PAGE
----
Last Updated on June 5, 2019, by eNotes Editorial. Word Count: 372
Heart of a Dog by Mikhail Bulgakov is a satirical novel that pokes fun at the Russian people and their belief that communism would solve society's problems. Therefore, it's no wonder why the main character of the novel is a mangy mutt who is transformed into a dog-man hybrid by a stuck up scientist who thinks he possesses the know-how to create a superior race.
The story is first told from the point of view of a street dog named Sharik, which is a common name for a dog that means "little ball" in Russian. Sharik has had a hard life but thinks his luck has changed when he is adopted by a gentlemanly doctor by the name of Filip Filippovich Preobrazhensky, whose name is derived from the word for "transformation." This name is fitting since Filipovich is really a scientist who implants poor Sharik with the testicles and pituitary glands of a thief who was killed in a bar brawl with the hopes of creating a superior species of a man. (Does this seem like a good idea to you?)
Instead, Filipovich accidentally creates a vulgar, horny "man with the heart of a dog" who speaks in Russian swear words, steals, smokes, and tries to hump the female servants of the household. In spite of his vices, Sharik is given the silly name "Poligraf Poligrafovich Sharikov" and a government position working for the Moscow Cleansing Department which enables him to spend his time chasing cats and causing other mayhem. In this way, Sharik represents the poor, working class, or proletariat, as it rose to power under the communist state.
On the contrary, Filipovich is thought to represent the author, Bulkagov, himself who was known to be an open skeptic of communism and its claim to make a new, improved Russia. He is also thought to be modeled after the real-life, western scientist, Serge Voronoff, whom many people foolishly believed could inject people with monkey glands to restore their vitality.
Now, reader, it's your turn to analyze the author's purpose for choosing these characters. Why do you think he chose a dog to represent the working class? Compare these characters and their actions to the characters in other stories you have read.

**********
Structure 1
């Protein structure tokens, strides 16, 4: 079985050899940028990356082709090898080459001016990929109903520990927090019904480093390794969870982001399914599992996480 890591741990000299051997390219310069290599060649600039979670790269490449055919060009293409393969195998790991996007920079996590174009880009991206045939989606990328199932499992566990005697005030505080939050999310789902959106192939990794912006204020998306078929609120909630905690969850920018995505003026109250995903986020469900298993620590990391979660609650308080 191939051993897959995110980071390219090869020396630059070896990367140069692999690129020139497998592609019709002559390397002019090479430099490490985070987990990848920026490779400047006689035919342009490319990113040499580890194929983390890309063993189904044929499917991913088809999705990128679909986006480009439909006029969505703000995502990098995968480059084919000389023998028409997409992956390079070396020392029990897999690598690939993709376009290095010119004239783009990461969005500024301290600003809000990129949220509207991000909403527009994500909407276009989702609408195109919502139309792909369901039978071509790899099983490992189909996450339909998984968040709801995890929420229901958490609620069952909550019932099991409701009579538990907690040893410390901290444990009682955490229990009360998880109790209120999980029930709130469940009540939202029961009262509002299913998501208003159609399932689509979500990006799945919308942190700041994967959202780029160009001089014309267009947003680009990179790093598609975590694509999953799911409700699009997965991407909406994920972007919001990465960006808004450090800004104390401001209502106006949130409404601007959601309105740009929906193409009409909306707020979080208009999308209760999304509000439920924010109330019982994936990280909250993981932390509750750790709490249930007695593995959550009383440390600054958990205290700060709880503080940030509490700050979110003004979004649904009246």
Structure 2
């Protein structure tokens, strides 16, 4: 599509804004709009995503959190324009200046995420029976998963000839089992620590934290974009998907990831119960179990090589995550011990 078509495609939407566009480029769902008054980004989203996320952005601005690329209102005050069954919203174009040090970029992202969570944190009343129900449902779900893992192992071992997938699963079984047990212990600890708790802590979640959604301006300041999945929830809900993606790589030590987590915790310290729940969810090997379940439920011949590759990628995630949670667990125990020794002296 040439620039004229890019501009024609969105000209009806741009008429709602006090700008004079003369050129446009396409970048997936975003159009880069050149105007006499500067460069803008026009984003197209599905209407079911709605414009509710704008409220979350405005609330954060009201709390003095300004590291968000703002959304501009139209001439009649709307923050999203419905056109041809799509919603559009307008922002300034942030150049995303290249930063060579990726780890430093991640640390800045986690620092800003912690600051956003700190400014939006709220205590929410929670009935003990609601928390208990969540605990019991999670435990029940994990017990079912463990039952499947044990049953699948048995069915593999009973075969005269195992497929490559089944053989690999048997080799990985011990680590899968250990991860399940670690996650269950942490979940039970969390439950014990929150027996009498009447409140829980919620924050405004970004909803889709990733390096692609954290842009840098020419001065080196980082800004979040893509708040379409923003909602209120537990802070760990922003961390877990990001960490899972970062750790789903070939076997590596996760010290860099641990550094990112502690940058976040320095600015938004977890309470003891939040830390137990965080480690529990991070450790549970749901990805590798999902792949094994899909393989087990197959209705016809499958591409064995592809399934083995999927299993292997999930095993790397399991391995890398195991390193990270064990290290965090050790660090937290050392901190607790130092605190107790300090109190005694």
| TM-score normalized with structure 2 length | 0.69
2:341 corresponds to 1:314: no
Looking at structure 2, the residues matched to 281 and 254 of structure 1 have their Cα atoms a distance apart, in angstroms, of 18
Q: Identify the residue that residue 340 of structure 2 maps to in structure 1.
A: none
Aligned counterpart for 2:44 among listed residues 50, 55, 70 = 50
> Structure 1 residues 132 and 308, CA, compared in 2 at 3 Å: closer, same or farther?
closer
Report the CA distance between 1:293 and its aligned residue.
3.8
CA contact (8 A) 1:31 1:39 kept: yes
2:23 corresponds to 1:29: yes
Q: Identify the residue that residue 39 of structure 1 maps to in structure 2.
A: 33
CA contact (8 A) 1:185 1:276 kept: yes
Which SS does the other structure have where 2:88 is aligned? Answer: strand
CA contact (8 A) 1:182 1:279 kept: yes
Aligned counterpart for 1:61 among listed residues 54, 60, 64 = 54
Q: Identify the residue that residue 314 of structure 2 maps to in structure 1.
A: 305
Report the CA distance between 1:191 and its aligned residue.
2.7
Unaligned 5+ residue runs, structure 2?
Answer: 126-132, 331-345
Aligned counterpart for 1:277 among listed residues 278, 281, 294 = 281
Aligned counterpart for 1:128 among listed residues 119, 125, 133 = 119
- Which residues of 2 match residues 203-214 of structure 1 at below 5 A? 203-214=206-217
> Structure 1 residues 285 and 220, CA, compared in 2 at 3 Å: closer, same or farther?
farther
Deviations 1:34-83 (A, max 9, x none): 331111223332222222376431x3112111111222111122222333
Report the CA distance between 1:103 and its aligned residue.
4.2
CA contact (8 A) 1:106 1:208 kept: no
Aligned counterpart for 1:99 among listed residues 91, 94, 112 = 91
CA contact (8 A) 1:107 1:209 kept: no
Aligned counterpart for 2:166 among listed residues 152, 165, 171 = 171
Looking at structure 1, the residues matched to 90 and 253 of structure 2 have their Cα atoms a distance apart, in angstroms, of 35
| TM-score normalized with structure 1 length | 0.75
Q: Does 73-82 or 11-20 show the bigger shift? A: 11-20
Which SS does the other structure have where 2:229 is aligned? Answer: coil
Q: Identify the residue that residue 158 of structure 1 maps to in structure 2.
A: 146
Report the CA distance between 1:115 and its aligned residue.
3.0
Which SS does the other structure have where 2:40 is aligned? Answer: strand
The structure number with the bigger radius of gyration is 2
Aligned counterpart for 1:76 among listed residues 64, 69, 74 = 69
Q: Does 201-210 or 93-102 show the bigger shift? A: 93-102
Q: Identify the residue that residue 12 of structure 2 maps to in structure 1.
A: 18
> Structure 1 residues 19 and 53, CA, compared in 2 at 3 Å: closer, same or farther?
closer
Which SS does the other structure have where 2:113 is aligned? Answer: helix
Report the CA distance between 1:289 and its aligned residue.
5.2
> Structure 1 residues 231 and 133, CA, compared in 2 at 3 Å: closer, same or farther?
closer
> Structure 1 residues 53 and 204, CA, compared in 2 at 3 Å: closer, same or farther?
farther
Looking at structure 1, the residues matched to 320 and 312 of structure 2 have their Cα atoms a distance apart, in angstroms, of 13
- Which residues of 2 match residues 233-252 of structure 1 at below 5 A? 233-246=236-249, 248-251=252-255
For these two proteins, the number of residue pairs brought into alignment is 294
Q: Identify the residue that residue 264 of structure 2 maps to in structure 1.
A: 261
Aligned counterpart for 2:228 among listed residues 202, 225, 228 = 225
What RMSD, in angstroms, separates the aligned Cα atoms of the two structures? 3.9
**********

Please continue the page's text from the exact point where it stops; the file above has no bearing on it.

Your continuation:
Last Updated on May 5, 2015, by eNotes Editorial. Word Count: 578
Professor Philip Philippovich Preobrazhensky
Professor Philip Philippovich Preobrazhensky (fih-LIH-poh-vihch preh-oh-brah-ZHEHN-skee), a sixty-year-old doctor with a pointed goatee and fluffy gray mustache. He examines his privileged patients and conducts research in rejuvenation in his luxurious Moscow residence. A connoisseur with a love for opera, cigars, and other luxuries, he disdains the recently empowered proletariat and repeatedly exerts his influence to protect his apartment from the Kalabukhov house management committee, which wishes him to give up two of his seven rooms. As part of his research, he brings a stray dog into his apartment and cares for it, preparing it for an operation in which a human cadaver’s pituitary gland and testes are transplanted into the canine’s body. After the animal begins to take on the characteristics of a human being, the doctor’s patience is sorely tested by its unruly behavior.
Polygraph Polygraphovich Sharikov
Polygraph Polygraphovich Sharikov (SHAH-rih-kov), called Sharik (SHAH -rihk), a pathetic stray dog at the onset of the story. At the mercy of Moscow weather and the generosity of the city’s inhabitants, the perennially embattled two-year-old mutt has managed to decipher store signs in his search for food. As a beneficiary of Professor Preobrazhensky’s kindness, Sharik is pleased to become part of the household but horrified to find himself dragged into the examination room. Within a month of his operation (during which he receives the body parts of Klim Grigorievich Chugunkin, a...
(The entire section contains 1466 words.)
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